You should start by doing a lot of walk work in the stretch, keeping to as big a circle or an oval as possible. Avoid going deep into corners, because in the beginning the horse cannot bend laterally properly through a tight corner while still working through his topline. The turns should be as wide and big as possible to keep the horse going forward in a positive and relaxed manner. Taking sharper turns is a more advanced task, which should be done only when the horse is connected through his topline and can maintain the level of the work bending laterally while going through a tighter corner.

Leg yield and shoulder-in aid in the process by further activating the back and core muscles, just like during in-hand work. You would start by asking for leg yield a few times and then shoulder-in for a few times. Then change of rein and the same on the other side. There is no need to do a huge amount of laterals and you would start by asking only a little of them, paying attention to the horse’s abilities; how much can he do at this time and this particular session. You should start with easier work and gradually increase the difficulty level as the horse’s skills, suppleness and muscling levels rise. Never assume that since the horse could do something nicely in the last session, he can do it this session as well. You must always observe the horse’s physical condition and suppleness on the day and adjust your work load to that.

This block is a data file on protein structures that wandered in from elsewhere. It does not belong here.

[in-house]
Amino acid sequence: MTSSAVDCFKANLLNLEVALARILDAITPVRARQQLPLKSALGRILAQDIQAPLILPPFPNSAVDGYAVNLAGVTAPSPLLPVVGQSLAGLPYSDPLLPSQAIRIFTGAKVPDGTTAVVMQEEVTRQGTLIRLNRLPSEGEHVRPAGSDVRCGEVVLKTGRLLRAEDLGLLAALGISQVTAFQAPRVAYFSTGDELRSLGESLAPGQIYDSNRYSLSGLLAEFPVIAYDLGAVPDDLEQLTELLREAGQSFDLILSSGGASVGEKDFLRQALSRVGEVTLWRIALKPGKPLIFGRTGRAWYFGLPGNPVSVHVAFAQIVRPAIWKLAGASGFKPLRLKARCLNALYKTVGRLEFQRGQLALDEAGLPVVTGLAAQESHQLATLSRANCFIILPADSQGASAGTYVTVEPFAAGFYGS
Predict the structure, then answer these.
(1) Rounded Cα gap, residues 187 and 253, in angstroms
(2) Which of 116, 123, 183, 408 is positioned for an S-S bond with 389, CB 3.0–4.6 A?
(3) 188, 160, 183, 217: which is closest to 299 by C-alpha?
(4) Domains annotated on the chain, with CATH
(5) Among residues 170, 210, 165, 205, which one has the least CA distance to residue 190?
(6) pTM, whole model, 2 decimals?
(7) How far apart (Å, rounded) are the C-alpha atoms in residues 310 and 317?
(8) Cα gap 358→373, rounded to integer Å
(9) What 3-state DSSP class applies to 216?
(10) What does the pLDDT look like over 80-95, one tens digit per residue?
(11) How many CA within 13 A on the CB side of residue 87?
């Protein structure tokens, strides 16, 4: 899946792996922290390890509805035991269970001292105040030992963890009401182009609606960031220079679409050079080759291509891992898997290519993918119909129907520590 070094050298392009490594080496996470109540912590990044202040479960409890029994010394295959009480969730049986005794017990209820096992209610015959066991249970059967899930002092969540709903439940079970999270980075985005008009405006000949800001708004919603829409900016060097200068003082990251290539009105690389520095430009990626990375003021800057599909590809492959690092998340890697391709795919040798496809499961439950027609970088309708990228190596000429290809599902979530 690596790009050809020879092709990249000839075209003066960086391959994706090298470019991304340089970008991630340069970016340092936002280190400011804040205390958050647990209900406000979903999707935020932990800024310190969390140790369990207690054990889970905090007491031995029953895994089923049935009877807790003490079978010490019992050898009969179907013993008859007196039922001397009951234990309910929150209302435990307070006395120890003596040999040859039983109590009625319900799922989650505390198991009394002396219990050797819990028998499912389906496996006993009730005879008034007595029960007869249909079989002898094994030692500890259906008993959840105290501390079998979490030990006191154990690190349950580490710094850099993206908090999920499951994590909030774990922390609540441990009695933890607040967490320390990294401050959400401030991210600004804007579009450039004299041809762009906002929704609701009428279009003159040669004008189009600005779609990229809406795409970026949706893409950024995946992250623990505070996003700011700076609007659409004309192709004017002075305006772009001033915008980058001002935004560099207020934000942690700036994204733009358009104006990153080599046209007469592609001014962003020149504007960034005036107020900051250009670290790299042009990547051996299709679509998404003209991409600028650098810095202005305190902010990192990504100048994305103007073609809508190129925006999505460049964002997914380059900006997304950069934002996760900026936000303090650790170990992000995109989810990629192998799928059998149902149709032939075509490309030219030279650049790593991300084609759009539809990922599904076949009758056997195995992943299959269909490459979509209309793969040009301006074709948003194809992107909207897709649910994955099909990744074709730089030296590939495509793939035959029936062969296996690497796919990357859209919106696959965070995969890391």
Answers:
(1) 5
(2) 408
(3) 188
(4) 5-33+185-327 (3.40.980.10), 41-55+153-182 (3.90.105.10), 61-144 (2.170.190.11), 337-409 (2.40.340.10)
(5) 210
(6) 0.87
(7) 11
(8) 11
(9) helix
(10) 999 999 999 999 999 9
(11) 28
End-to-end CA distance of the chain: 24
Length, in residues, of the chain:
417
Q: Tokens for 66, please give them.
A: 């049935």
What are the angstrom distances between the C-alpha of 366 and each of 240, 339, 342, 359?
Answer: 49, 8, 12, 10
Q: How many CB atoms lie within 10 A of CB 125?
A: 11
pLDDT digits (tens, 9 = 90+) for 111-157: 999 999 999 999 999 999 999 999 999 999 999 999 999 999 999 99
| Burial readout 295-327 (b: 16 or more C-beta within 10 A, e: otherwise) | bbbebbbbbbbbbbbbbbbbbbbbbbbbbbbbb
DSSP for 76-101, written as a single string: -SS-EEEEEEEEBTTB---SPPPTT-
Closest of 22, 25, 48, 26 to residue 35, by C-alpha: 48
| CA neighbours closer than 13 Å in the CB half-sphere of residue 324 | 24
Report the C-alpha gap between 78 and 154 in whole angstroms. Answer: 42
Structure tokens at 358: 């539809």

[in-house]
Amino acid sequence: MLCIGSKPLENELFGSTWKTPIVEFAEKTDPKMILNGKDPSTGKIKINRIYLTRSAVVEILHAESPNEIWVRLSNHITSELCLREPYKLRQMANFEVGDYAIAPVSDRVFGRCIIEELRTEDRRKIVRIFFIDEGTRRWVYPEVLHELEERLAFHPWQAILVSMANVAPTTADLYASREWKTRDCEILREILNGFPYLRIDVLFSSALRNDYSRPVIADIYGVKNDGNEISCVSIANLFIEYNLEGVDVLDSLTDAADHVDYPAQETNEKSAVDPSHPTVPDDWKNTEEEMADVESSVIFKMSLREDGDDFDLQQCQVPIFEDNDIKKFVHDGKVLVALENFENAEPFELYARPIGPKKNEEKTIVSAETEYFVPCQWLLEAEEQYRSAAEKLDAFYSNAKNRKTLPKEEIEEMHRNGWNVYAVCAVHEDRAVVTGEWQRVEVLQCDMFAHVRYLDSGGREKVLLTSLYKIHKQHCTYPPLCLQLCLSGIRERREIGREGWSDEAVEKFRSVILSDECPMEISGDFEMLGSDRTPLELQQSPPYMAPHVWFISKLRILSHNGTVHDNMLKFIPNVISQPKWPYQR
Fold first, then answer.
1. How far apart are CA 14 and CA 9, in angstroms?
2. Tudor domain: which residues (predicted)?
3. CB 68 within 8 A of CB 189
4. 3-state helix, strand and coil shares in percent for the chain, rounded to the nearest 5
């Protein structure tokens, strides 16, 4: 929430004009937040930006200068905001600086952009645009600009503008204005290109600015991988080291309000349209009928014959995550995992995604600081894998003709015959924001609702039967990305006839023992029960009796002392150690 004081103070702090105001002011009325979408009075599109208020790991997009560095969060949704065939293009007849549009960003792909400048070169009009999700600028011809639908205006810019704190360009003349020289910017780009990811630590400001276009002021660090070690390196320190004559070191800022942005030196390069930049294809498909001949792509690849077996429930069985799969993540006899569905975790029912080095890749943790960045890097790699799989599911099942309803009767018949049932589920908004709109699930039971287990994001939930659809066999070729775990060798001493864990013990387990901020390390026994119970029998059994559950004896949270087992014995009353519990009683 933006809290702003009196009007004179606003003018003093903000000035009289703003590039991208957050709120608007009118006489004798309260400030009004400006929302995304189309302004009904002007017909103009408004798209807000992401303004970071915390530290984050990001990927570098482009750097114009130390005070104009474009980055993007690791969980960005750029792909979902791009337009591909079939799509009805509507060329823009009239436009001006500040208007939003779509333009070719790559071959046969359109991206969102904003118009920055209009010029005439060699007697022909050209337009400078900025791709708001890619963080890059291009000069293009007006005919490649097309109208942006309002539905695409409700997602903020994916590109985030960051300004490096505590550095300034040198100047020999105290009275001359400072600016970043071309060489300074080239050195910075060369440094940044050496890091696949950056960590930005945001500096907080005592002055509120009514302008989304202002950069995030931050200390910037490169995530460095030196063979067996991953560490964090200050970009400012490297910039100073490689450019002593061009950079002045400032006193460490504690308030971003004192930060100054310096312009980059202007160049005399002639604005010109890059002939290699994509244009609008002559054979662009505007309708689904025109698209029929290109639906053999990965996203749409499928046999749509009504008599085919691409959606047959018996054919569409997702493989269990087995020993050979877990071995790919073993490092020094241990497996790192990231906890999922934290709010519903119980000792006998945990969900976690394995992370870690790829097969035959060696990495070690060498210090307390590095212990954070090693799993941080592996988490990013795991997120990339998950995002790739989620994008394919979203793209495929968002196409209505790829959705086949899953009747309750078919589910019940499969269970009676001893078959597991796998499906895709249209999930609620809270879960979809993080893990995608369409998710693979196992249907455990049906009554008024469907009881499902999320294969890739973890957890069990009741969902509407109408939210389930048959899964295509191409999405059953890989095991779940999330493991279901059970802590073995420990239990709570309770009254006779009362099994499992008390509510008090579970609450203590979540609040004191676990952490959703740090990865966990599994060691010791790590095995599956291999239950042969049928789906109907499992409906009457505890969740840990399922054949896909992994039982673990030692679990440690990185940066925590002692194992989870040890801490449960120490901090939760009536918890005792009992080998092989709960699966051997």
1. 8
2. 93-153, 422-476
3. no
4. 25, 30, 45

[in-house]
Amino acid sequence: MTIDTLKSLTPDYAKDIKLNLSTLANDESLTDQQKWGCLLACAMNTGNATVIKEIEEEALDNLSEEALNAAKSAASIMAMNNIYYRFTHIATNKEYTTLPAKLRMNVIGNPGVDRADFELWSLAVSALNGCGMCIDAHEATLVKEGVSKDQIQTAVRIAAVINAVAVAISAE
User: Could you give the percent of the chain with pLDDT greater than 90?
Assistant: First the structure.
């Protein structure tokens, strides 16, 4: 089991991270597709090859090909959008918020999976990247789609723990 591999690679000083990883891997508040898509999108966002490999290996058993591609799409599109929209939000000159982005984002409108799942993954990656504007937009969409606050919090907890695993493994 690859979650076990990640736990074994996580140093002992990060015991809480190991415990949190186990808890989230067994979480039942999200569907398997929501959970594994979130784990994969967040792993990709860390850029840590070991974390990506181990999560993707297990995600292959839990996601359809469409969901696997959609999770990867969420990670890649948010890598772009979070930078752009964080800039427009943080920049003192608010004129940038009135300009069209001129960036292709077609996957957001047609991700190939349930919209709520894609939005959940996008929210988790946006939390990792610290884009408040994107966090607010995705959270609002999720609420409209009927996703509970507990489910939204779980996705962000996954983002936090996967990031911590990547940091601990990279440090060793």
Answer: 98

Once you feel that the walk work is proceeding well, your horse is stretching nicely down and out and walking forward with a good rhythm and you have improved his going by the lateral exercises, you can ask for trot. Same goes with the trot work as with the walk. Aim at nice long and low forward stretch. In the beginning the lower the better. Always rise to the trot. After some trotting around in a big circle or oval, you can do the lateral exercises similarly to how you did them in walk. Start easy and ask little, only gradually increasing the difficulty level.

If your horse is not able to stretch down and out within a reasonable time (some minutes), return to walk and work more in that to strengthen his muscles before attempting the trot again in another session. It is no use in trotting, if your horse cannot do it in such a way that it is beneficial for him. You should in effect minimize the work with head up and back down, and maximize the work with head down and back up. The more you get him working well over his topline, the faster and better your progress. If this means that you will ride only in walk for some weeks or even months, it is well worth it, because then you will have a firm base to build the trot and it will certainly come much easier. If you rush into the trot work before your horse is ready, very often you will have to return back to concentrating only on the walk work later on. The more careful and thorough you do this base work, the easier and more trouble-free the rest of your training will be afterwards. Don’t be disheartened to take a step or two back, if the horse needs it, it just means that the horse was not ready for the level of work you asked of him.

When your trot work is going well, your horse is stretching nicely and maintains good rhythm, you can ask for canter. Similar attitude applies in ridden canter as in lunging; start with just a circle or two, then come back to trot. When the trot is again working well, ask for another transition. Again, don’t be tempted to ask too much of this within a session, it will only be counterproductive if your horse gets tired.